Compulsory healthcare provision
All businesses employing more than 50 people working full-time, an average of 30 hours per week, have to provide health insurance for their employees. If a business owner owns three businesses, the government treats them as one and therefore those employed by all three will be counted. A state-based exchange called the Small Business Health Options Program (SHOP), set up and run in each state by the government or a nonprofit organization, will offer qualified health insurance options for individuals and small businesses with up to 100 employees. These will be up and running by 2014.
Those businesses that employ fewer than 50 employees are not required by the Act to provide health insurance to their employees. However, the government has instituted a Small Business Health Care Tax Credit to offset any increased costs that small businesses will have to bear by virtue of the ACA. This tax credit can cover up to 35 percent of the premiums that any small business, whether a for-profit or a non-profit organization, will have to pay to cover its workers.
Any firm that has fewer than 25 full time workers or 50 half time workers (two half-time workers are equivalent to a full-time worker), qualifies for this tax credit provided they pay average annual wages less than $50,000, and cover at least 50% of the health care cost for their staff. The Council of Economic Advisors estimates the number of eligible small businesses at 4 million, and the Congressional Budget Office believes that this tax credit will save small businesses a total sum of $40 billion by 2019.
The credit will phase out gradually for firms with between 10 and 25 employees, and those who pay annual wages between $25,000 and $50,000. Also, before choosing a plan, know that the tax credit is calculated in accordance with the average cost of health insurance in that state, so be careful not to choose a plan that is at a much higher cost than average. Depending upon where on the tax credit spectrum your small business falls figure out how much credit is applicable to you and make the most of this opportunity.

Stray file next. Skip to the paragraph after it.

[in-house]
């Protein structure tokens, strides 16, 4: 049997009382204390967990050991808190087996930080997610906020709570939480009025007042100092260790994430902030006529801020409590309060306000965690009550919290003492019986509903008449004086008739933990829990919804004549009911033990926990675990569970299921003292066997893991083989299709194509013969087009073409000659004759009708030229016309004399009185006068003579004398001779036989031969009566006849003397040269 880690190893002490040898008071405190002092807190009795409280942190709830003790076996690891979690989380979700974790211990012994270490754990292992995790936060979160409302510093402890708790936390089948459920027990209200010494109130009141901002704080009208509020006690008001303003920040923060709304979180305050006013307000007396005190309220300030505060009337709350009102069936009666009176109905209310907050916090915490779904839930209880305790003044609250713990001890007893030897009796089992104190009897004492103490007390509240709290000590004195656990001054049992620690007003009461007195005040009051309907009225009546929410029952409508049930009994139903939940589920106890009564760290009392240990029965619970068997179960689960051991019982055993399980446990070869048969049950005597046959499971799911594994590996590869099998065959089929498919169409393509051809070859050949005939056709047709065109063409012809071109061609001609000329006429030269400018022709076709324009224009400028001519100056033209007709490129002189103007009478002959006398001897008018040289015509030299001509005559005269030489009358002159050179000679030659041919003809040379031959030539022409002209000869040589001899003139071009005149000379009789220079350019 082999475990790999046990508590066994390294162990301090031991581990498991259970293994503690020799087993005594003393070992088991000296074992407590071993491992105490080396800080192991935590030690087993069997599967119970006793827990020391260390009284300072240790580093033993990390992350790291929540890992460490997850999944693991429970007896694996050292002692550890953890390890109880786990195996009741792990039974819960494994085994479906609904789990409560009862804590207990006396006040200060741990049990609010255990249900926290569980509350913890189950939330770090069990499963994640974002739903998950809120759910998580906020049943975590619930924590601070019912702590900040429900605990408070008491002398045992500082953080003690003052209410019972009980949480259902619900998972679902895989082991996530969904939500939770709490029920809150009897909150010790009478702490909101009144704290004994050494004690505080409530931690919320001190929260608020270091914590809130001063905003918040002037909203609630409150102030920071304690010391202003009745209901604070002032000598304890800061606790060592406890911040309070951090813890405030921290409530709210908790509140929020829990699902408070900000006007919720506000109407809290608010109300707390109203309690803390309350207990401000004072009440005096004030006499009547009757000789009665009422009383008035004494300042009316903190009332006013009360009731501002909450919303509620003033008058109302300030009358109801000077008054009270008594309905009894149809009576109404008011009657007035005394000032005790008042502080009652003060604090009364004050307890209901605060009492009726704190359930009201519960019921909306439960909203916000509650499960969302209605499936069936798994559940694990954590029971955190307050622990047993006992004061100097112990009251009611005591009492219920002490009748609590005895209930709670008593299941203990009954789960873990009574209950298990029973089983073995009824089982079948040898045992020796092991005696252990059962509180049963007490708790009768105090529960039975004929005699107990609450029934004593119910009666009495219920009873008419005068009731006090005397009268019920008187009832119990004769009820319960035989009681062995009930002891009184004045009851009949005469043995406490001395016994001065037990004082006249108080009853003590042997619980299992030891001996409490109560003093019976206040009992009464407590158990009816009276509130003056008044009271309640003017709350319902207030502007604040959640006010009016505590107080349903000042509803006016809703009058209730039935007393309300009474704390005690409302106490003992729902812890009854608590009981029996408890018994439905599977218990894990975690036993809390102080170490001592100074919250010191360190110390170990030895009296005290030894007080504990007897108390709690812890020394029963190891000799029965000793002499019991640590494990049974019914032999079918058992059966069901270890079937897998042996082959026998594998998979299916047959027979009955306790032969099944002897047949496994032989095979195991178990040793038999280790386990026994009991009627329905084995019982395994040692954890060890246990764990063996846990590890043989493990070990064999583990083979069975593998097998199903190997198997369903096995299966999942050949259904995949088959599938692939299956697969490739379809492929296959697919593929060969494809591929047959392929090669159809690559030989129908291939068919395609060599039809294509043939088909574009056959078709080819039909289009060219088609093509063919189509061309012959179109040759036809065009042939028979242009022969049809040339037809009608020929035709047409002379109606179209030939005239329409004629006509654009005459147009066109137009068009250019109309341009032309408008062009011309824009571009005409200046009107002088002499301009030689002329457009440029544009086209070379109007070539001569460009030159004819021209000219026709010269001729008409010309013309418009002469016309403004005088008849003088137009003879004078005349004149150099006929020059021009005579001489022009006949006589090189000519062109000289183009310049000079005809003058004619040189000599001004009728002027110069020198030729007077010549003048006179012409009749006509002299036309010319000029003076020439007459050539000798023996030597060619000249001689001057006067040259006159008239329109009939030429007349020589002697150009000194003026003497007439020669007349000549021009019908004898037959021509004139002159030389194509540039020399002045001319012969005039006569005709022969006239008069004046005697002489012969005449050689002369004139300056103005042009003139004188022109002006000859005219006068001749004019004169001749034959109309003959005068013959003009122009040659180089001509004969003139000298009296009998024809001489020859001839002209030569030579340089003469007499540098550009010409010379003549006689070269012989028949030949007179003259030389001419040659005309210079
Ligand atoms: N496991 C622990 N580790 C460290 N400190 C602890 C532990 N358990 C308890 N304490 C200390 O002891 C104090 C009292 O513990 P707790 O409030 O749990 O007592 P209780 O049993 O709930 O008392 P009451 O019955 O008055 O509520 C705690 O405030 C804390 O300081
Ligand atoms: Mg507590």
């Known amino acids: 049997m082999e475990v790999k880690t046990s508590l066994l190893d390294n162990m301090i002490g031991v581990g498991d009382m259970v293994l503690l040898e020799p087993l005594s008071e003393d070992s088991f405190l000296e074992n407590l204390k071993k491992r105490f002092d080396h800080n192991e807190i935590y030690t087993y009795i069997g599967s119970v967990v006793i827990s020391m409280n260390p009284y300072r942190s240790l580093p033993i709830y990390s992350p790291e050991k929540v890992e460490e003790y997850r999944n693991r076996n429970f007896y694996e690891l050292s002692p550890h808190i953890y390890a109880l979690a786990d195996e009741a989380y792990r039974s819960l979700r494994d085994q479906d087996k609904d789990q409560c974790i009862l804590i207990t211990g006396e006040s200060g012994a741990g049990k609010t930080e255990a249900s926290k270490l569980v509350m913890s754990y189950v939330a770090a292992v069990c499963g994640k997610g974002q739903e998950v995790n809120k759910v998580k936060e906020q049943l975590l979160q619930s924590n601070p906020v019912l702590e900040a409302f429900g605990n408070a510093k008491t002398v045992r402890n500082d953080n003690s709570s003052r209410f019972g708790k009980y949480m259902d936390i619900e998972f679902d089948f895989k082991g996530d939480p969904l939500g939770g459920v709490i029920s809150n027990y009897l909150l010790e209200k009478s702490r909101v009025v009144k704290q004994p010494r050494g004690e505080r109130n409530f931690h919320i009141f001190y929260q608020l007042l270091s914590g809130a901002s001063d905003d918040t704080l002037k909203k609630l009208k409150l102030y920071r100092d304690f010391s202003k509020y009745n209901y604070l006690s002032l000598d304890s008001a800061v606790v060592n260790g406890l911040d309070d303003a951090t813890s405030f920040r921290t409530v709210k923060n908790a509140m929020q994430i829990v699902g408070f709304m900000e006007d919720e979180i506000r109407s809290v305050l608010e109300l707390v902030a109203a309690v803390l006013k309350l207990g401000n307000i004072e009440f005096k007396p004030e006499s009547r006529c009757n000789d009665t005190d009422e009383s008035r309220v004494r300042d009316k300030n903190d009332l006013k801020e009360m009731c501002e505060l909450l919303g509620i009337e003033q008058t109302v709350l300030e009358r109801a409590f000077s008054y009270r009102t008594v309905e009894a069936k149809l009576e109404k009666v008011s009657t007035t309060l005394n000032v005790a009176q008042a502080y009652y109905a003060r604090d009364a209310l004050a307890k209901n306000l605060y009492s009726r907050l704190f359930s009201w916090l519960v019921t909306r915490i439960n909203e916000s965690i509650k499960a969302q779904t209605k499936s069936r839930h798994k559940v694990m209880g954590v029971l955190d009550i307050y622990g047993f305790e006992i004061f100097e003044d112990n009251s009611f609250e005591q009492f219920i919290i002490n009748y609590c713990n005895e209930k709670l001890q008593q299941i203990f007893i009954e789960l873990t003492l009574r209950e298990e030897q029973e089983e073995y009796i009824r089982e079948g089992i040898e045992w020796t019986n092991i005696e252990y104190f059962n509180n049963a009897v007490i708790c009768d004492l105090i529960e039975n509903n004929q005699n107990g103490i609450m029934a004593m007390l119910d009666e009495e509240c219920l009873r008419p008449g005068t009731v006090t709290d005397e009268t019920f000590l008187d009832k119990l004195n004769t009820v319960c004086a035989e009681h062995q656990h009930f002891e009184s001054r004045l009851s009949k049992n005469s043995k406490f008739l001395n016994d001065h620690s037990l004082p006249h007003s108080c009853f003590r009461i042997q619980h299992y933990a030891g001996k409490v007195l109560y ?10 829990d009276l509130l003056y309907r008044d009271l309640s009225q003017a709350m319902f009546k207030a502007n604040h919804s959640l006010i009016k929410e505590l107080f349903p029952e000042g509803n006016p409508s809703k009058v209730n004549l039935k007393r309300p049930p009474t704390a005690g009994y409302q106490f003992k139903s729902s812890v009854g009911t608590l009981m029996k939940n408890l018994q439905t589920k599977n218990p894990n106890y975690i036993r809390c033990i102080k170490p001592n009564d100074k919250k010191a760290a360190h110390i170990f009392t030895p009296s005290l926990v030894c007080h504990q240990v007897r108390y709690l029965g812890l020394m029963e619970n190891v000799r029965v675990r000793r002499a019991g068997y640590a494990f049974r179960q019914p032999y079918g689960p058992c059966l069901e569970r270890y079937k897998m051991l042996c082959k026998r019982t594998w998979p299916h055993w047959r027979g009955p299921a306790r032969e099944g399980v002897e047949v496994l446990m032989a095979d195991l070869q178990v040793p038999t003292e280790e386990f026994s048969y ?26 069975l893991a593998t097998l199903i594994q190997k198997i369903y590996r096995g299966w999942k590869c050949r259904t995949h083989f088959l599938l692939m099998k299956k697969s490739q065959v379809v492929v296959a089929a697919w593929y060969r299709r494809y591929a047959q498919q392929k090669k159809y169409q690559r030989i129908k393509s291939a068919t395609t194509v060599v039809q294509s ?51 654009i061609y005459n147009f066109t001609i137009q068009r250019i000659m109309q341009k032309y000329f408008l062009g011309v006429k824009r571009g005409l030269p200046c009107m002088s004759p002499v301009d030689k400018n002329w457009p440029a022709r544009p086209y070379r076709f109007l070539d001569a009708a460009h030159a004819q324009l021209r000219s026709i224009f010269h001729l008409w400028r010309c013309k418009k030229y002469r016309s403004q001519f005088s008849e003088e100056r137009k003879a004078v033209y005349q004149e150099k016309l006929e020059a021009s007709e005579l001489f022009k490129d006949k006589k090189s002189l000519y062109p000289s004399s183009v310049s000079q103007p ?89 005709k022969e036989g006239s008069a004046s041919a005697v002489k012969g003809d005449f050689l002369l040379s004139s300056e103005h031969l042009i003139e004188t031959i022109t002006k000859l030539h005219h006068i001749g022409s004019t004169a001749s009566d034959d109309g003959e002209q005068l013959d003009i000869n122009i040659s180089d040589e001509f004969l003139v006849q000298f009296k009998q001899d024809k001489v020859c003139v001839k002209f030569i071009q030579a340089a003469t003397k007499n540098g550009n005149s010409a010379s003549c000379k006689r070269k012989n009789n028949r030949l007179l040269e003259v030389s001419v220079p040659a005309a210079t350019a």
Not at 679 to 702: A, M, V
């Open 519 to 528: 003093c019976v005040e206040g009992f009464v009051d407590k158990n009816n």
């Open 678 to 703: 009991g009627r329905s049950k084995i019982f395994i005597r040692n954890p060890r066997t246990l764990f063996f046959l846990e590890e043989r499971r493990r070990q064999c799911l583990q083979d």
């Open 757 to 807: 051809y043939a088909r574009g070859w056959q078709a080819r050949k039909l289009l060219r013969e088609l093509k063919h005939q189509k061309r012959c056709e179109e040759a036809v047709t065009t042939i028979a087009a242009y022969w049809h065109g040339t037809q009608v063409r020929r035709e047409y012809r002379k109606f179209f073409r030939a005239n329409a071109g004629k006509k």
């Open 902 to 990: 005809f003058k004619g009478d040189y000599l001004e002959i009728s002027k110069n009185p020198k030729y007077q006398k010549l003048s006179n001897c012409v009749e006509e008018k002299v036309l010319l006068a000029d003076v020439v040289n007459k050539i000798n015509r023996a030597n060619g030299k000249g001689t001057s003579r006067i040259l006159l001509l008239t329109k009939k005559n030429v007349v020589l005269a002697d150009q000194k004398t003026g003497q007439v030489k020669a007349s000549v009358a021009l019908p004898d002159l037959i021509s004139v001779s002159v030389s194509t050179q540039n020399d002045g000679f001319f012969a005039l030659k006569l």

Compliance and fines
As noted in the above two points, the size of your business, i.e. how many employees you have in your staff and how much annual wage you pay, determines how Obamacare affects you. It uses a carrot and stick approach to influence businesses to support their employees by providing healthcare. Businesses that have less than 25 full time employees need not provide healthcare but if they do they get tax credits. However, businesses that do employ 50 or more full-time employees and do not do so will penalized with a fine of $2-3,000 per employee per year, beyond the first 30 full-time employees.
Employers now have to track the full cost of medical coverage, including the employer's and the employee's share. These costs have to be reported on their employees' W-2 forms, to keep the government informed.
The Affordable Health Act does have some ambiguous points that are evoking resistance from small business owners. The key to successfully negotiating this newly web of healthcare is to carefully figure out what are the finer points of the ACA that apply to your specific business.